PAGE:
Istituto di Clinica Pediatrica dell’Università, Spedali di S. Chiara, Pisa
Key words: Hepatitis B virus, Immunization
More than a million deaths occur annually from Hepatitis B (HB) associated cirrhosis and primary liver cancer. Most HB virus infections occur during childhood and HB vaccine is 80% to 95% effective in preventing the carrier state. Vaccination eliminates horizontal transmission in immunized cohorts. Because of the failure of the “highrisk- group” strategy in most industrialized country universal immunization is now recommended. Immunization to HB virus is considered to have occurred if concentration of anti-HB surface antibody greater than 10 mIU/ml develop. No significant difference in immune response exist between term and preterm infants. Response to HB vaccine is not highly dependent on timing of vaccine doses; modest alterations in timing of doses do not affect the response to the vaccine. Follow-up data suggest that most responders can be given a booster dose 10 years after completing the vaccination course without further assessment of their antibody status. Non response to vaccination is associated with age. In these situations repeated doses can be effective in immunization. HB vaccination is considered to be safe particularly in infants where no unexpected serious side effects have been reported.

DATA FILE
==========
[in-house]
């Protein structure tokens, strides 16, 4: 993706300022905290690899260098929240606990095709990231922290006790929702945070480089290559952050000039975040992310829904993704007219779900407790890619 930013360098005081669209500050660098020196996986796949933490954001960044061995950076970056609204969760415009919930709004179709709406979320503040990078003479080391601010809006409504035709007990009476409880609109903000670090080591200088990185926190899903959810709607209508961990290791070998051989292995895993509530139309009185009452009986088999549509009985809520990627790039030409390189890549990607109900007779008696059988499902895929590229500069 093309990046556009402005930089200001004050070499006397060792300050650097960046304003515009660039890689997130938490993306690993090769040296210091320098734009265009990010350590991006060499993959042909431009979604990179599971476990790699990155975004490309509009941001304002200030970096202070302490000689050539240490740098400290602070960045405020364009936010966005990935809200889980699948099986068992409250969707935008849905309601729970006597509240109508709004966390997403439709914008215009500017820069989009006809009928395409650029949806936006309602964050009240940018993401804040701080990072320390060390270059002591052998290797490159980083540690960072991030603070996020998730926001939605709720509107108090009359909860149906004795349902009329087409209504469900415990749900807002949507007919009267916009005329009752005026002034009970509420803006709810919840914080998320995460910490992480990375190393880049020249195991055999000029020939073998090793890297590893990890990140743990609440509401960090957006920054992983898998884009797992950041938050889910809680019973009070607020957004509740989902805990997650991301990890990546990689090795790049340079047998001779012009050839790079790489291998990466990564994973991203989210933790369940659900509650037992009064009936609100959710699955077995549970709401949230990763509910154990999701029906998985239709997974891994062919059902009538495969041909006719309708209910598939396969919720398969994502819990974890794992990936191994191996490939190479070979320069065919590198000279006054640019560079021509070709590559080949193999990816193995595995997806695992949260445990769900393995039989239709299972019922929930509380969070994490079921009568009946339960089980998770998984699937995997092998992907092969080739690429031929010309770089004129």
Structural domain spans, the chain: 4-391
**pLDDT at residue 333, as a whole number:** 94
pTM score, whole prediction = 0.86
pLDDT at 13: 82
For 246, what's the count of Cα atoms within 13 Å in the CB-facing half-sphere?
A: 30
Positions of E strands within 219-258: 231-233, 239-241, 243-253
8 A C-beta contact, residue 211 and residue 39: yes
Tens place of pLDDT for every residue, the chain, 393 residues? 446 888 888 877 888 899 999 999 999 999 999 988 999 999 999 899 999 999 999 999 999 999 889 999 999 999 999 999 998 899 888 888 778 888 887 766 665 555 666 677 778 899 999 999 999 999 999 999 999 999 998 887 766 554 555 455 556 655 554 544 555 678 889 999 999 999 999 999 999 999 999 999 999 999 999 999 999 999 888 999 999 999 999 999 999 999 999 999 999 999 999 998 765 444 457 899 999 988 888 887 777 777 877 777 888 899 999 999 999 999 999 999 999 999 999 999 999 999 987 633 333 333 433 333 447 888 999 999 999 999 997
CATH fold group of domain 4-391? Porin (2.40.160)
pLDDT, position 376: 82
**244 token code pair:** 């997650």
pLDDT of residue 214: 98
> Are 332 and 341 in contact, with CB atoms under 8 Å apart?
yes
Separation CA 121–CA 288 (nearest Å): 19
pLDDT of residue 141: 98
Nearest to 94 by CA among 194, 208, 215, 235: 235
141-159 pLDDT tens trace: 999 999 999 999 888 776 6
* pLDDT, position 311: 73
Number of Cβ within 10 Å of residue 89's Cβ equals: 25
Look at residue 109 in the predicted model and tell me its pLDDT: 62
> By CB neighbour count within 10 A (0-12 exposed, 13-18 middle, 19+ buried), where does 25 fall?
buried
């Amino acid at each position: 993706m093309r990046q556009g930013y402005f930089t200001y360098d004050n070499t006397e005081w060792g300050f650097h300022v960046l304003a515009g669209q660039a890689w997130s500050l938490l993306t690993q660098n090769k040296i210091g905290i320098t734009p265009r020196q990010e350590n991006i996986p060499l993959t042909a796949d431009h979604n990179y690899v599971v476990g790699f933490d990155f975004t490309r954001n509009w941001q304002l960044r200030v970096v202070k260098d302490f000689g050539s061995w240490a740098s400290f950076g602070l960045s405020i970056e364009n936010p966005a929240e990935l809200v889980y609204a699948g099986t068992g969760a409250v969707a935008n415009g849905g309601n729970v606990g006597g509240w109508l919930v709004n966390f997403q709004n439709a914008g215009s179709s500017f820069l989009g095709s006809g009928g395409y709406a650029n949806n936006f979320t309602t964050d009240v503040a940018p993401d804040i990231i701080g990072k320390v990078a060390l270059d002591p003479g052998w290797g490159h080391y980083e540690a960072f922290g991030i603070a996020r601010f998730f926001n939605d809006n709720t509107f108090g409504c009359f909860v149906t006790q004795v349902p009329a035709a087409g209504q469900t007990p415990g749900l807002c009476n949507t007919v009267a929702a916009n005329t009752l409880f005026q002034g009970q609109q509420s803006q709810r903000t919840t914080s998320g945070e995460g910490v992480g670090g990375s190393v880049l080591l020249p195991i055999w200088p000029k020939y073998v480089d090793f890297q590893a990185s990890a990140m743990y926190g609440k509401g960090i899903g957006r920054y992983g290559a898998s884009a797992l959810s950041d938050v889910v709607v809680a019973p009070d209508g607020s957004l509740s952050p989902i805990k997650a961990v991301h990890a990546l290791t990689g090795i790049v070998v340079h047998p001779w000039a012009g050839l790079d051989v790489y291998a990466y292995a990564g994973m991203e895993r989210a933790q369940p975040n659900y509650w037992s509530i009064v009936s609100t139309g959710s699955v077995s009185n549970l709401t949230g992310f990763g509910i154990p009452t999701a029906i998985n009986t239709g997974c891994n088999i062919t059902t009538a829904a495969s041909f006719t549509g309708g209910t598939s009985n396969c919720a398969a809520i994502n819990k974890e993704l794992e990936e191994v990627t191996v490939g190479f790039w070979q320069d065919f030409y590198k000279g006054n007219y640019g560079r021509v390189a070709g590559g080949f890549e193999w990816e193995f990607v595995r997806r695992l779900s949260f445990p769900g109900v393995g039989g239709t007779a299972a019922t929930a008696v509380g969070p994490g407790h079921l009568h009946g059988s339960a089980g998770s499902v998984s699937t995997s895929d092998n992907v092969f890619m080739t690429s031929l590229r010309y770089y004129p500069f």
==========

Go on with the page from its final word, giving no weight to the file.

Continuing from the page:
Vuoi citare questo contributo?